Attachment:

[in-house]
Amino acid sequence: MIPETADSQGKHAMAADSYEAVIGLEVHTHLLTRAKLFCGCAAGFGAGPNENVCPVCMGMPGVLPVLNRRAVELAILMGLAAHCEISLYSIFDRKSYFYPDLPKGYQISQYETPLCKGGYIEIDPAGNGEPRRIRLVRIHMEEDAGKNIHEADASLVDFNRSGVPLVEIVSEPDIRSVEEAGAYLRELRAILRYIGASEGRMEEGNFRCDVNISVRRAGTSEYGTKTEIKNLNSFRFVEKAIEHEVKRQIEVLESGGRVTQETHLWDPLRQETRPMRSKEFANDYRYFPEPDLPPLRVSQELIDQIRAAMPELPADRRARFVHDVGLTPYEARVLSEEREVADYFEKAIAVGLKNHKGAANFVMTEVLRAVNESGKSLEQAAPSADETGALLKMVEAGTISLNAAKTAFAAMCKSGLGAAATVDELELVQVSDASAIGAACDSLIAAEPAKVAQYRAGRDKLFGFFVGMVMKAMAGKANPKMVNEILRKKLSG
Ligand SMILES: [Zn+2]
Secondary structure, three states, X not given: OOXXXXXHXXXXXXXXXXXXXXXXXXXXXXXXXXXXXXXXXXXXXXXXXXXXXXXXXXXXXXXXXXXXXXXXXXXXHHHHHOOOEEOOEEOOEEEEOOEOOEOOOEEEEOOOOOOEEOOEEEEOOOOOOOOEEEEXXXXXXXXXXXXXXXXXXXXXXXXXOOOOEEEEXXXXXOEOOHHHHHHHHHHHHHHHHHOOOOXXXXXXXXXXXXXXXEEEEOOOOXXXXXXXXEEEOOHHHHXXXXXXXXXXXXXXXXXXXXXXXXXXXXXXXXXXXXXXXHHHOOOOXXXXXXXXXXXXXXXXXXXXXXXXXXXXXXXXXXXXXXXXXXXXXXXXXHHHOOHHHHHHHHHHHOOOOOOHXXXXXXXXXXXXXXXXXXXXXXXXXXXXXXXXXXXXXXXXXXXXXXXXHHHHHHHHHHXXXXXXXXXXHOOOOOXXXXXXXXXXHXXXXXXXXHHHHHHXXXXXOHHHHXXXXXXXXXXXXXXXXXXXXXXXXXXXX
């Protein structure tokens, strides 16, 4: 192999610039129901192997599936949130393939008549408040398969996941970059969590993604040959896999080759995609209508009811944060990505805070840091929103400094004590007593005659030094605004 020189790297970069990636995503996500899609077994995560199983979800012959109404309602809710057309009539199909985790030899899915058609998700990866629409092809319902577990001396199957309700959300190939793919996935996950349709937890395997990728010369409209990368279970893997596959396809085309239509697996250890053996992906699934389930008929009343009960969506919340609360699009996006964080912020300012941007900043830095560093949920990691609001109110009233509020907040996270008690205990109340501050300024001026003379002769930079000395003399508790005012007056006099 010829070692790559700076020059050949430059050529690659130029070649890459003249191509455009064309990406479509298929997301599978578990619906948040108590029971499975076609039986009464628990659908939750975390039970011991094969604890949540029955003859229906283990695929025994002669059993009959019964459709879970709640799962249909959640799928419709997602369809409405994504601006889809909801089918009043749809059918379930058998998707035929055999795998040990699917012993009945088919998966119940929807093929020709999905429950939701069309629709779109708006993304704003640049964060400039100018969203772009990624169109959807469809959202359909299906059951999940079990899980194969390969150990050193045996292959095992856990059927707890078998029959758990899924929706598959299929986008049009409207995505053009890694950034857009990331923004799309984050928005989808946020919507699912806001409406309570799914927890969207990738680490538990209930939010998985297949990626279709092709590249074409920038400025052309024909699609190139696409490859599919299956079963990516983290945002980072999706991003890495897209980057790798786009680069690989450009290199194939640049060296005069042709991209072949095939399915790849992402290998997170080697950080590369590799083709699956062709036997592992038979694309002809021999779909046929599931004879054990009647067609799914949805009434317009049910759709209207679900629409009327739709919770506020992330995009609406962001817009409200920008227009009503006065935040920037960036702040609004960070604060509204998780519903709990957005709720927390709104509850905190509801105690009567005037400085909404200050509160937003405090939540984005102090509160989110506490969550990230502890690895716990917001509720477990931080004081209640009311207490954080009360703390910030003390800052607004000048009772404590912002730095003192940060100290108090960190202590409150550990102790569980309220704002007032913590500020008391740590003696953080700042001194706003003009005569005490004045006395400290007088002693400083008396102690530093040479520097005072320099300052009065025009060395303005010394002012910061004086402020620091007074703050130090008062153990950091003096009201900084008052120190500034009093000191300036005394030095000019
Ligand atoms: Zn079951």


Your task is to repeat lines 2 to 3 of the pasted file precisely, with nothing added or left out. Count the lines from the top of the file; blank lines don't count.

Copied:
Amino acid sequence: MIPETADSQGKHAMAADSYEAVIGLEVHTHLLTRAKLFCGCAAGFGAGPNENVCPVCMGMPGVLPVLNRRAVELAILMGLAAHCEISLYSIFDRKSYFYPDLPKGYQISQYETPLCKGGYIEIDPAGNGEPRRIRLVRIHMEEDAGKNIHEADASLVDFNRSGVPLVEIVSEPDIRSVEEAGAYLRELRAILRYIGASEGRMEEGNFRCDVNISVRRAGTSEYGTKTEIKNLNSFRFVEKAIEHEVKRQIEVLESGGRVTQETHLWDPLRQETRPMRSKEFANDYRYFPEPDLPPLRVSQELIDQIRAAMPELPADRRARFVHDVGLTPYEARVLSEEREVADYFEKAIAVGLKNHKGAANFVMTEVLRAVNESGKSLEQAAPSADETGALLKMVEAGTISLNAAKTAFAAMCKSGLGAAATVDELELVQVSDASAIGAACDSLIAAEPAKVAQYRAGRDKLFGFFVGMVMKAMAGKANPKMVNEILRKKLSG
Ligand SMILES: [Zn+2]